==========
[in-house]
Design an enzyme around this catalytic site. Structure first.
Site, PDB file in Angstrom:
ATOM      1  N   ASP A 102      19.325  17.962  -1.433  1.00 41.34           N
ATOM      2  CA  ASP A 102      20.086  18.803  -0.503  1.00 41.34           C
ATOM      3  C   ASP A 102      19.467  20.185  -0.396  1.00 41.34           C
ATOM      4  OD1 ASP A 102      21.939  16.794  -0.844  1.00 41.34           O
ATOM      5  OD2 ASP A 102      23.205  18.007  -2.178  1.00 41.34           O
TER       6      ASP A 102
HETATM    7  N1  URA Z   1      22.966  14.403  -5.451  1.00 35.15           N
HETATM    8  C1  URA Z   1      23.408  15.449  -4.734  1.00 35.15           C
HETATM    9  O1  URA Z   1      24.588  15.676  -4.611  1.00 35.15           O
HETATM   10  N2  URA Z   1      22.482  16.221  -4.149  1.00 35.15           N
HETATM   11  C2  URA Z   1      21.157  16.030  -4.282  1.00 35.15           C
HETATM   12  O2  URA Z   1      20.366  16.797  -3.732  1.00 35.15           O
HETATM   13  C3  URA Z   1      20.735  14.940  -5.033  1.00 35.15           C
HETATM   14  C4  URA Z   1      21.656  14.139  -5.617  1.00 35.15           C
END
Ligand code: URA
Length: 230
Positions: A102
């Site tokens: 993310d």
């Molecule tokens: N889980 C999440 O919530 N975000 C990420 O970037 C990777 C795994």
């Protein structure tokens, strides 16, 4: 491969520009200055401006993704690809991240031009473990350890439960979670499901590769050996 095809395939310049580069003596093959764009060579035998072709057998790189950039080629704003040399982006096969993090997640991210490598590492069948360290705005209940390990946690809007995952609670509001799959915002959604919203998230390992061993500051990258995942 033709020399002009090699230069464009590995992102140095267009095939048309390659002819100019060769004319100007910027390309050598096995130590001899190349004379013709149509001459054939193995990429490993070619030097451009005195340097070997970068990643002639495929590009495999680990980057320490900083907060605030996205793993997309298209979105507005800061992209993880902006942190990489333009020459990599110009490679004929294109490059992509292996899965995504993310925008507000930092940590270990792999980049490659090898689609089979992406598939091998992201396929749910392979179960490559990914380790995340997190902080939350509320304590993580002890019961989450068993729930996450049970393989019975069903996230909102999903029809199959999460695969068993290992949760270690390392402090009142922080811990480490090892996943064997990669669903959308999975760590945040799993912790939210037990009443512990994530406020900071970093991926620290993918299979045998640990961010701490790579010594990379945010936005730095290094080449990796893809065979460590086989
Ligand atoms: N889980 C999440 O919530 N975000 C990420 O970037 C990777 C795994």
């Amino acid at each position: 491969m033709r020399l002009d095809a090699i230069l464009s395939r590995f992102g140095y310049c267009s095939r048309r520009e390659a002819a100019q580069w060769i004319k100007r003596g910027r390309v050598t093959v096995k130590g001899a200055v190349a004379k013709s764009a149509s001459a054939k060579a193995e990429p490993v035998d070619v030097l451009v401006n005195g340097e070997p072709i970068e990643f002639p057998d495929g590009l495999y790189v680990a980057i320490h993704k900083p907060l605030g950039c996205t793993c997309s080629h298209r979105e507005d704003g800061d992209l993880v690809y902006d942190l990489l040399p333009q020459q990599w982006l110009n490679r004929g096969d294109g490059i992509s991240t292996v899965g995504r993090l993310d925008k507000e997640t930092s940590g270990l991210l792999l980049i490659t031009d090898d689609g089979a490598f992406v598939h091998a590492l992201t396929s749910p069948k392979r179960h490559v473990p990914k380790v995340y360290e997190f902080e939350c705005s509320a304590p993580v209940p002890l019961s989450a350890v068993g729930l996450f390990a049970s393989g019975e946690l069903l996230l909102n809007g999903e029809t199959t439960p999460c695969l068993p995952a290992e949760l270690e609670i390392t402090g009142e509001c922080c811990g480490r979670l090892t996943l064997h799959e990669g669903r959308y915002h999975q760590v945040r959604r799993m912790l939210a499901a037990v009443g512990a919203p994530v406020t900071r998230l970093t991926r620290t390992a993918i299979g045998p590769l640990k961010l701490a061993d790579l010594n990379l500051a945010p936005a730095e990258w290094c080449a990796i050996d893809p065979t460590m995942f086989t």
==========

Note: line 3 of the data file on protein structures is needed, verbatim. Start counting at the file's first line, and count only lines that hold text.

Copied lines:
Site, PDB file in Angstrom: